For Eugene Kennedy, Cardinal Joseph Bernardin of Chicago (1928-96) is an exemplar of the paschal mystery: “Joseph Bernardin’s life tells us what happens when a man accepts the destiny that is given to few on behalf of us who are the many, to recreate the central motif of Christian spirituality—life, death, and resurrection—before our eyes.” The inside cover binding reproduces a handwritten page from a Bernardin retreat journal, poignantly catching his struggle: “I want desperately to open the door to let the Lord in so he can take over my life completely. Yet I seem unable to do so. I let him come in part way and I talk with him but I am afraid to let him take over. Why?” Kennedy’s volume provides an intimate glance into the Cardinal himself.
Kennedy, a psychologist, prolific author, syndicated columnist, professor emeritus at Loyola University of Chicago and 30-year friend of Bernardin, previously expressed his love and admiration for Bernardin in My Brother Joseph: The Spirit of a Cardinal and the Story of a Friendship (St. Martin’s Press, 1997). In Stations of the Cross he limits his narrative to Bernardin’s final three years, November 1993 to November 1996, drawing parallels between the 14 events, or “stations,” of the traditional Catholic Way of the Cross and Bernardin’s life.
Each station is divided into two sections, “Then” and “Now.” The “Then” section presents an interpretation of the traditional station buttressed exegetically by frequent references and quotations from Raymond E. Brown’s The Death of the Messiah (Doubleday, 1994); the “Now” section draws parallels to Bernardin’s life. The reflections are compelling, giving graphic narratives on Jesus and on Bernardin, vividly illustrating how amid great human struggle Bernardin internalizes the example of Jesus and ultimately is transformed by his suffering.
Skim the foreword, preface and introduction, and begin with “The First Station: Jesus Is Condemned to Death.” Kennedy presents narratives of the innocent Jesus’ condemnation to death by Pilate and Caiaphas and of the innocent Joseph’s condemnation by conservative elements within the Catholic Church, especially by his hierarchical clerical peers: “Some of these cardinal-archbishops judge that Joseph remains too committed to the Vatican II Church to please them as they carry out the Pope’s orders that hierarchical structures be restored in the Church across the world.... Those who criticize him seek out ways to snare Joseph in his speech.”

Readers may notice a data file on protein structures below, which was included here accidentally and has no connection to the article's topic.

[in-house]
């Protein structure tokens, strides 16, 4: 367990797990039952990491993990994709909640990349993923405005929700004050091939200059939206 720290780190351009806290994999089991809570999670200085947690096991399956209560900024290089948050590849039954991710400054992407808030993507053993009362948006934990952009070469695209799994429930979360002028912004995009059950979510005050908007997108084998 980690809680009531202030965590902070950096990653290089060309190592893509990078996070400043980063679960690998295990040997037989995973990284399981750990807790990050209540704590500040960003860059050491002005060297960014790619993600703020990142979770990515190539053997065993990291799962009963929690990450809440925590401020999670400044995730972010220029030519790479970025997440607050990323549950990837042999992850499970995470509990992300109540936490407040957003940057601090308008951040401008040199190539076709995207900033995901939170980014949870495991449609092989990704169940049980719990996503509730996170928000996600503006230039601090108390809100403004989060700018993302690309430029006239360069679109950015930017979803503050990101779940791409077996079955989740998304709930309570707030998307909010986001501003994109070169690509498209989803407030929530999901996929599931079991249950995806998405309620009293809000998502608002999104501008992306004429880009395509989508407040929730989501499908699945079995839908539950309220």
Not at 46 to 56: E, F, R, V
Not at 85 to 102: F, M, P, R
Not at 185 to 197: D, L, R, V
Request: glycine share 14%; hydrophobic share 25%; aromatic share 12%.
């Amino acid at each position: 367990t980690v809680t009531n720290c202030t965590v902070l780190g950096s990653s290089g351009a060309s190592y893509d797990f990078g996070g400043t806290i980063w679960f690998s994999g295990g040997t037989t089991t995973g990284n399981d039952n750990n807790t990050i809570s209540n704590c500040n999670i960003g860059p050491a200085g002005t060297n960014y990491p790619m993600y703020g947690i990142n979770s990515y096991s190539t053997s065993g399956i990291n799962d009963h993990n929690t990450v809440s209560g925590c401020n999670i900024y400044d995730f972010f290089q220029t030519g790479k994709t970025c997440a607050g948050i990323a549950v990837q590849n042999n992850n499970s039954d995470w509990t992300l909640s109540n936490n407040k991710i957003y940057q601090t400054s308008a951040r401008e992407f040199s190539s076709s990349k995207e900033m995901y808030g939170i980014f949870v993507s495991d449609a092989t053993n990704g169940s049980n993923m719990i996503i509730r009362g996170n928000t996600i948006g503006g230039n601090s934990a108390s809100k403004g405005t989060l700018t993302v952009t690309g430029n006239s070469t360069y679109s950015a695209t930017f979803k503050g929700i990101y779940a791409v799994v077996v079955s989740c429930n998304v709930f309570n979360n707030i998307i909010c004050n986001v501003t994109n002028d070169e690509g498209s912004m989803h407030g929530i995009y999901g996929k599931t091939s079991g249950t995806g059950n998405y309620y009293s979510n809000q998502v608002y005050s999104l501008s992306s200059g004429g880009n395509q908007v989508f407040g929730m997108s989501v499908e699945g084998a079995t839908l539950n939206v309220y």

Joseph’s lifelong condemnations by his peers are climaxed by two final “condemnations”: the accusations of sexual abuse made in November, 1993 by a former seminarian—later recanted—and the “condemnation to death” of Joseph through the diagnosis of pancreatic cancer. Kennedy is startled by the intensity of the condemnations after November 1993:
How easy to see now that it is precisely his trustworthiness that affronts his critics and motivates them to destroy him. If he can no longer be trusted, his influence in American Catholicism and national life will be shattered beyond any repair. Still, none of us is prepared—not Joseph, not his friends, not his people—for the fury of judgment that boils suddenly out of the everyday sea on the November afternoon in 1993. In this maelstrom of hasty judgment and false accusation, Joseph’s three-year public ministry begins.
Such invective against the hierarchy runs throughout the book and, in my opinion, mars the narrative. The invective, intended to heighten the reader’s awareness of Bernardin’s sufferings and so enhance his stature, is at the very least distracting. Throughout, the hierarchy is compared to the Romans and Jews who condemned and crucified Jesus:
Joseph is stripped of his garments when the same high priest [Cardinal Law] decides, in conversation with the other United States cardinals, to cut Joseph out of the conference calls that they regularly share to discuss matters in the American Church. Yet Joseph, praying that he may empty himself, launches one last project, Common Ground, through which he hopes that Catholics who have differing views on the meaning of Vatican II’s reforms may enter into a dialogue so that they can resolve their differences and stand together in the Church.
I suspect Bernardin himself would be uncomfortable with this tone.
This book offers fresh insights into a man many view as a prophet. I recommend it not only to those who seek to understand Bernardin but also to those who seek inspiration for their following of Jesus amid suffering. And in this period of heightened criticism of the Catholic hierarchy, the book is a heartening reminder that God raises up among us even today prophetic leaders of immense stature.